[identity profile] nos4a2no9.livejournal.com posting in [community profile] ds_team_angst
Hi team!

I mentioned in my first rambly captain post that we're going to be doing some writing exercises to get warmed up for the Matchup Challenge. A Drabble Tree is a fun way to get started, and hopefully it will get everyone writing.

I'll post a comment to this entry with a short snippet, and someone else will riff off that initial comment with a response of their own. The next poster can either respond to my original comment, or the new comment(s) (again, using a line or an image from the prexisting material) and so on and so forth until everyone has posted.

There should be different comment threads branching off one another (like the titular tree, how appropriate!) and as long as it's angsty and at least 100 words long it'll fit the drabble requirements. Just make sure you're responding to the right thread - it's probably a good idea to make use of those "subject" lines. The key thing is to keep things interactive and to be using other peoples' ideas to come up with something new. Write as much or as little as you like, too. Hopefully everyone (even our pinch-hitters!) will take a couple of turns.

Okay, have fun! Bring the angst!

Re: The Nightrunner

Date: 2007-09-19 05:23 pm (UTC)
From: [identity profile] brigantine.livejournal.com
( 'Kay I've never done a drabble tree, or a drabble, actually, so I hope I'm doing this right.)
*************

There are nights, the darkest of all, when Fraser finds himself aiming toward Ray's apartment building. He doesn't mean to. That's not his intention, to torment himself with waking dreams about yet one more thing that unsettles him, makes him feel like an outsider. Ray is one more thing beyond Fraser's reach, yet obstinately, some nights, his running feet take him there before his brain can figure out that his heart is short-circuiting his survival instincts.

He has to go around the rear of the building to find the windows to Ray's apartment, huffing down there in the alley way like some nervous burglar, like the stalker Lieutenant Welsh once cautioned Ray that he hoped he wasn't. On the nights when Fraser finds himself staring up through the darkness and the lights are on in Ray's living room… those are the worst. Those are the nights Fraser recalls that Ray is just as scarred as he is, in many ways, alone like him in so many ways, and then he starts thinking things he shouldn't, and the light burning in Ray's living room at 2 a.m. becomes just one more dream to run from.

Re: The Nightrunner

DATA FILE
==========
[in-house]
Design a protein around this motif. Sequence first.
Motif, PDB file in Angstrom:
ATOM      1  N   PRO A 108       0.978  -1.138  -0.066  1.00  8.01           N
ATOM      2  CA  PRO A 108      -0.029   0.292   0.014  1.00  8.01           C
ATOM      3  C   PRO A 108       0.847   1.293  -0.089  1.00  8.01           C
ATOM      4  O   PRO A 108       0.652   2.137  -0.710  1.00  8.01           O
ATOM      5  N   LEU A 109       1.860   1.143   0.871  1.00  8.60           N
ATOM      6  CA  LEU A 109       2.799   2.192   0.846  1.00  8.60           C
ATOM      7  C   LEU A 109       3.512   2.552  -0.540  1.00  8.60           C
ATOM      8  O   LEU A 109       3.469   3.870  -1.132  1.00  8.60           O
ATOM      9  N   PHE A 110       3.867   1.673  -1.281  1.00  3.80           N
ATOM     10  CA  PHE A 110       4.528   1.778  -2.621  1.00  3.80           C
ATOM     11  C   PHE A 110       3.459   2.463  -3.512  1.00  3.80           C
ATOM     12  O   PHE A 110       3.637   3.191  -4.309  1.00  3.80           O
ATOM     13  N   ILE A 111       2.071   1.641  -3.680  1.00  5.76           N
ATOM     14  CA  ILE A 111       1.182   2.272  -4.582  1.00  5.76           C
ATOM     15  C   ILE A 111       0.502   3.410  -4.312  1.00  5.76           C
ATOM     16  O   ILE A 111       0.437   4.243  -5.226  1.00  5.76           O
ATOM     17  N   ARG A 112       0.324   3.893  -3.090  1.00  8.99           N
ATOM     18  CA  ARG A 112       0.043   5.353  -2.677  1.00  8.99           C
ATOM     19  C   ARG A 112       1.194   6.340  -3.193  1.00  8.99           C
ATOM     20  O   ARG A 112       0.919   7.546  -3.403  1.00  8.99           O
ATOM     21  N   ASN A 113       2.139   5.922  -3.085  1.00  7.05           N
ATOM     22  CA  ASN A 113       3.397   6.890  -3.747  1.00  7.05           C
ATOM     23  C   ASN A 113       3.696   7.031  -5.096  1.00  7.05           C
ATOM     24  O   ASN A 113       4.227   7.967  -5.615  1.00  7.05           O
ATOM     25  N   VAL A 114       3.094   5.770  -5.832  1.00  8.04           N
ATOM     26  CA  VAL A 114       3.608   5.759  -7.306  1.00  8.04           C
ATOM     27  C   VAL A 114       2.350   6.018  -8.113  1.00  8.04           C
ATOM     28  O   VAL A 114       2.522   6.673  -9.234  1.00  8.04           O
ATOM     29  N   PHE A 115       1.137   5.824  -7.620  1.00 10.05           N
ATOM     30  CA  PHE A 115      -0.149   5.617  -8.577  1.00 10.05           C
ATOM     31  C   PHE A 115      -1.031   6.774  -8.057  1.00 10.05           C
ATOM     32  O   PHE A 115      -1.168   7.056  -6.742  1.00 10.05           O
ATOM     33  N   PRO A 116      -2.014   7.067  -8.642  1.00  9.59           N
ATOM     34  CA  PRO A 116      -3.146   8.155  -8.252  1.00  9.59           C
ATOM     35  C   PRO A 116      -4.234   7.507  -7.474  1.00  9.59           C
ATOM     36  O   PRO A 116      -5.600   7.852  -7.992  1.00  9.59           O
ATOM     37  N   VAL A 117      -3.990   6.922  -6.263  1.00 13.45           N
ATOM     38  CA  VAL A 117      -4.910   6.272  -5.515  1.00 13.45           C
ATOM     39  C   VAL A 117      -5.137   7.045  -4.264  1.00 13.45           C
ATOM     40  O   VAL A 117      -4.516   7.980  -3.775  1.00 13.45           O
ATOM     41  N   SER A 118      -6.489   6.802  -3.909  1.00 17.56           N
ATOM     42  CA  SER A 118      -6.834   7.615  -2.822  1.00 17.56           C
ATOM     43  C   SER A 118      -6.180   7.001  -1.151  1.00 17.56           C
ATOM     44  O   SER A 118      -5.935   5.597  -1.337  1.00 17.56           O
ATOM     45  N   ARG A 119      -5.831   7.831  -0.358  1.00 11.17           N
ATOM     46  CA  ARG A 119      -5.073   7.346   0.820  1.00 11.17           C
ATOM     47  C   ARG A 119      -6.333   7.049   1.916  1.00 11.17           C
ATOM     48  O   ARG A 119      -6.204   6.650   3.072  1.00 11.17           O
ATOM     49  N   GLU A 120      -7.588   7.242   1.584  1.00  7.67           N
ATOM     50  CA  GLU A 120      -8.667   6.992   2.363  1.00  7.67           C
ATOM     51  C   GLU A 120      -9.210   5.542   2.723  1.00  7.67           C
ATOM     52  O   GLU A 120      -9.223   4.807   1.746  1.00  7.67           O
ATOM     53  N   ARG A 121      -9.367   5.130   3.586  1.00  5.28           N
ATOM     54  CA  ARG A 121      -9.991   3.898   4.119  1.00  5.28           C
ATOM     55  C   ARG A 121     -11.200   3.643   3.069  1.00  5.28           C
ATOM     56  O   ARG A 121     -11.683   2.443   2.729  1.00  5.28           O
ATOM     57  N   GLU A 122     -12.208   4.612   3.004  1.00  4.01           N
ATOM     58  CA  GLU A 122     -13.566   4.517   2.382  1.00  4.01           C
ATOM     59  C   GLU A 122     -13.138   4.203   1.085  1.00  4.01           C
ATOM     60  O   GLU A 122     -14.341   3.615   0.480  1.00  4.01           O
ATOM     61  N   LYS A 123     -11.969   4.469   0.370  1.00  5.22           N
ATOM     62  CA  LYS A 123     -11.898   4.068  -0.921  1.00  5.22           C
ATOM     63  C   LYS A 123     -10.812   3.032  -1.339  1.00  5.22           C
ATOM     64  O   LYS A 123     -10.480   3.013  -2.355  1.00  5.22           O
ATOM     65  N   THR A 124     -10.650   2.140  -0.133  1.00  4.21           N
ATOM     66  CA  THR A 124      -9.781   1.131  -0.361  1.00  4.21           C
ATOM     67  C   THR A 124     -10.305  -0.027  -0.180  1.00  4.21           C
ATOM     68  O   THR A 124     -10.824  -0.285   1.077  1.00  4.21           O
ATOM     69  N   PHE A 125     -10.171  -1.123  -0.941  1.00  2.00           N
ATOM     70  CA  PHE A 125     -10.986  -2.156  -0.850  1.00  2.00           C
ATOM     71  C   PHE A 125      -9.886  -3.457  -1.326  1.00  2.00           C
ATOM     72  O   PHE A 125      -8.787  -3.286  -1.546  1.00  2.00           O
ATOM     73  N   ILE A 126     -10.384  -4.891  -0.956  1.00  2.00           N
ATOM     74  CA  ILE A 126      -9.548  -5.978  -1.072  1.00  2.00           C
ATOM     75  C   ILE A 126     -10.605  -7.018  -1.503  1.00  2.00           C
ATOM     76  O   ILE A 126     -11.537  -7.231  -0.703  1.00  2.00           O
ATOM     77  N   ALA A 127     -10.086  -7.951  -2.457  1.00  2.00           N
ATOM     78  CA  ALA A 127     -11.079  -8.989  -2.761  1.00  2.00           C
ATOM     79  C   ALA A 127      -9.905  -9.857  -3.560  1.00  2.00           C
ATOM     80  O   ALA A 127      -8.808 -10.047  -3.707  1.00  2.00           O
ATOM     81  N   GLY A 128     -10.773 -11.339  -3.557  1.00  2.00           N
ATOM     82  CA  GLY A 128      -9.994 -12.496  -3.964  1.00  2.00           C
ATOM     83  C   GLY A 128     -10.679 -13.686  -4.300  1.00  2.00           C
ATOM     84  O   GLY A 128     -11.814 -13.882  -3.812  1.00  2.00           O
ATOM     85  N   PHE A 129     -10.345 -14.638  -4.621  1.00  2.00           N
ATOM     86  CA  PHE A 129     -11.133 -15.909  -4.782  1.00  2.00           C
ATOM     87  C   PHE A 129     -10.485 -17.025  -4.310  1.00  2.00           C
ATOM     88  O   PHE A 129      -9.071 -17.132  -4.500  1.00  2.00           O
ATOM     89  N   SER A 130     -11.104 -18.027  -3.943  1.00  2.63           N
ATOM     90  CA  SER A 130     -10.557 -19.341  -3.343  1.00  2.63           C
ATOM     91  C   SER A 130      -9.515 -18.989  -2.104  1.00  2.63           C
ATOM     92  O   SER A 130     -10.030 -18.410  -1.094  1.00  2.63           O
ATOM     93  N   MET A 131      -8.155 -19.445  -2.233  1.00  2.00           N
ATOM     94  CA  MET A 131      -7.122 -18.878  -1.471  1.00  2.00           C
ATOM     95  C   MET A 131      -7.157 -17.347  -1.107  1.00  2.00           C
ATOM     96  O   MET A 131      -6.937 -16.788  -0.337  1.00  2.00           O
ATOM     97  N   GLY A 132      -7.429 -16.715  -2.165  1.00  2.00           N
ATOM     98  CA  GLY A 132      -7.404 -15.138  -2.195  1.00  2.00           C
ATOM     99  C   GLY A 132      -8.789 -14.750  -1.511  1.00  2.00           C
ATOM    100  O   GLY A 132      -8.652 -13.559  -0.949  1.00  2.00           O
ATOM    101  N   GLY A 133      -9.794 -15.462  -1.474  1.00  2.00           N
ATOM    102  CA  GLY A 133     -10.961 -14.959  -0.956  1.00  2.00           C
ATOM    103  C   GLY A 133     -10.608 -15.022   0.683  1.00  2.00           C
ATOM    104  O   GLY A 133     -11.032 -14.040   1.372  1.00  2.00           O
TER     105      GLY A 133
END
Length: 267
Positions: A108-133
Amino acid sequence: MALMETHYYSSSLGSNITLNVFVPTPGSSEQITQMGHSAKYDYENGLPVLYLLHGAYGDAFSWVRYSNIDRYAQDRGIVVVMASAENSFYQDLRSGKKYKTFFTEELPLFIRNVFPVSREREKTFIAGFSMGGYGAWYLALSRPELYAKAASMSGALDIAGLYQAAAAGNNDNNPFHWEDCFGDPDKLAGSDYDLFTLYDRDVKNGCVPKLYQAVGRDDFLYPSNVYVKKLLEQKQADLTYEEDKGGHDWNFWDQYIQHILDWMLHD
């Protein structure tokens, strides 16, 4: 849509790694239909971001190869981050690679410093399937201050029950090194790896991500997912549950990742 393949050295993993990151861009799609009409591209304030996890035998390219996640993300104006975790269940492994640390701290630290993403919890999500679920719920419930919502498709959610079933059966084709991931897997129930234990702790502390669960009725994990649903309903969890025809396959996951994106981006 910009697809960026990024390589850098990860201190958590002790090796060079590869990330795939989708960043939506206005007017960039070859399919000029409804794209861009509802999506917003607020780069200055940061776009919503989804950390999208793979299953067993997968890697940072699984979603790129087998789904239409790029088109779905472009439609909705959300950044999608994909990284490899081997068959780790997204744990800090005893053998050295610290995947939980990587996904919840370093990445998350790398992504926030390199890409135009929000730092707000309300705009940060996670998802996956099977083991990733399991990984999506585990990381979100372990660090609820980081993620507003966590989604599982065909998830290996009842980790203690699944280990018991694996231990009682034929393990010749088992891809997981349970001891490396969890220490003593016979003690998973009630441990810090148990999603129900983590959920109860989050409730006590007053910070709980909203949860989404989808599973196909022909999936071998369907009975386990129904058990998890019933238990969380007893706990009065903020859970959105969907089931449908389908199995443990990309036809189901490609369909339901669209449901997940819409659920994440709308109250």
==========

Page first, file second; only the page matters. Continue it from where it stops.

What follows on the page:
Date: 2007-09-19 06:17 pm (UTC)
omphale: (Default)
From: [personal profile] omphale
Ray knows that Fraser's out there, somewhere. He calls the Consulate, and when the phone keeps ringing he doesn't hang up. He listens to the ring, hopes a little and then gives up, but lets it ring anyway.

That's what he's doing, waiting for Fraser, on the night that he hears someone out in the alley. Ray hangs up the phone, quiet and head cocked, listening for another rattling breath, another soft footstep. It's three floors down and fifty feet away, but somehow he knows that whoever it is is waiting for him.

Ray grabs his gun, clicks off the light, and settles in to wait. Whoever it is will have to come up the fire escape, and Ray's going to be ready.

Re: The Nightrunner

From: [personal profile] eledhwenlin - Date: 2007-09-22 01:10 pm (UTC) - Expand

Re: The Nightrunner

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Re: The Nightrunner

From: [identity profile] keerawa.livejournal.com - Date: 2007-09-27 01:59 am (UTC) - Expand

Re: The Nightrunner

Date: 2007-09-19 08:41 pm (UTC)
ext_1611: Isis statue (Fraser b&w)
From: [identity profile] isiscolo.livejournal.com
It had been a particularly trying day, and he should have been sleeping. But here it is past midnight, and there he is, in the alley outside Ray's apartment, looking up at the window.

The light is on. It beckons him like a siren.

There is no reason, he tells himself, that he couldn't simply go in, knock on the door. Why he couldn't say, "I was having trouble sleeping." Why he couldn't say, "I was in the neighborhood." Why he couldn't say, "I saw your light."

Perhaps Ray would run a hand through his hair, smile crookedly, say, "Sure, Frase, come on in. I wasn't exactly sleeping, myself." He'd be in sweat pants, perhaps, and a t-shirt. His collarbone would form a ridge in the soft fabric. He would be barefoot. He would be -

Suddenly there is movement in the lighted square of the window, and Fraser instinctively steps back into the shadows. Ray cannot see him. But he can see Ray.